Tuesday, April 03, 2007

And take the cute ringtone with you ...

Among the many things the Masters gets right is its policy on cell phones.

No way. No how. No time.


If you’re important enough to need a cell phone at the Masters, you’re too important to be on the golf course.

Golf tournaments have tried to eliminate cell phones from going off in the pockets of fans but it hasn’t worked. Or, at best, it’s worked for most people but not all people.

The Masters has solved that by getting its message across – get caught with a cell phone and we’ll see you, your cell phone and your ticket later. Well, not exactly. More like never again, especially your ticket.

Gone. For good.

If you’re fortunate, you’ll get your phone back.

The only wiggle room is for media members (yeah, I know, the media always gets special treatment). We’re allowed to bring cell phones onto the property with the strict understanding that they will not be used outside the confines of the media center.

Entering the course for the first time this week, two different security officials reinforced the phone policy to me. The second stood directly in front of me and, in a polite tone, reminded me of the policy like he was reading me my rights.

I’m fine with it. In fact, I love it.

I only wish the Masters could do something about people driving and using cell phones.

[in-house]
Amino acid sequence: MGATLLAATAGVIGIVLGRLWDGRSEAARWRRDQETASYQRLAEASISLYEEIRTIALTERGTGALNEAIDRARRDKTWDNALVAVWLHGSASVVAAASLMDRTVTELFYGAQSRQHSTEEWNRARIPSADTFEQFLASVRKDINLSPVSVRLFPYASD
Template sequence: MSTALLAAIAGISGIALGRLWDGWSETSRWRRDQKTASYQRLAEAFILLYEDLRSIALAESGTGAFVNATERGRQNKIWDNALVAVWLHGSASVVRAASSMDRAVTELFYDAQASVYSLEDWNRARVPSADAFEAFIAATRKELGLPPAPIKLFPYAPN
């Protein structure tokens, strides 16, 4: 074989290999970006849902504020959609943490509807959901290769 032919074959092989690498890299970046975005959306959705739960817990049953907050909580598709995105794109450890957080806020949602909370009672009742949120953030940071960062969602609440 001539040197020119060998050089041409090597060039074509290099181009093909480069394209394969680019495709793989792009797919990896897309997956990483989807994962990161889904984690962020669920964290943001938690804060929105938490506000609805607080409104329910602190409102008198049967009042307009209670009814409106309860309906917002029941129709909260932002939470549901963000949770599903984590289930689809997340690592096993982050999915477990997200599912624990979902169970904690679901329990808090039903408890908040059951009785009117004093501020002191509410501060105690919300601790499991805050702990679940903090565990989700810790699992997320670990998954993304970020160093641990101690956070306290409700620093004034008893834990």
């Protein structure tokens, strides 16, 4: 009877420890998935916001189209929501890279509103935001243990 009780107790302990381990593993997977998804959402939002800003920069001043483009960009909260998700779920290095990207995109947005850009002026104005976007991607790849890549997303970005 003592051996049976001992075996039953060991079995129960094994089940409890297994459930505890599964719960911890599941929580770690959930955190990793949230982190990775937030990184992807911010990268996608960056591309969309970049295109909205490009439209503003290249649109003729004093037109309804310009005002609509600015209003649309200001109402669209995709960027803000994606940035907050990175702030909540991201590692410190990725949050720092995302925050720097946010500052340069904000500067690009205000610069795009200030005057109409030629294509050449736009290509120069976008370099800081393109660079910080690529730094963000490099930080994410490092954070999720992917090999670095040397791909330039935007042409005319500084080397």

• In answer to an e-mail question as to where we stay at the Masters, the Observer group (including Ron Green Sr. and Scott Fowler) shares a house with writers from the Raleigh News and Observer and the Greensboro News and Record. It’s a terrific set-up, allowing us to cook dinner at home in the evening instead of fighting the restaurant crowds. And, compared to the price of hotel rooms, which often require 7-night minimums, it’s reasonably priced.


Anonymous said...

I've heard very reliable tales of very important people (i.e., people whose names appear in the newspaper all the time) losing their memberships to Augusta National because they let friends of theirs use their passes to the Masters and then said friends smuggled a cellphone onto the course and got caught with it. It's not the friend who gets punished; it's the person who owns the pass.

That must make for a difficult conversation... "Uh, they told me to tell you you can never come back. Sorry."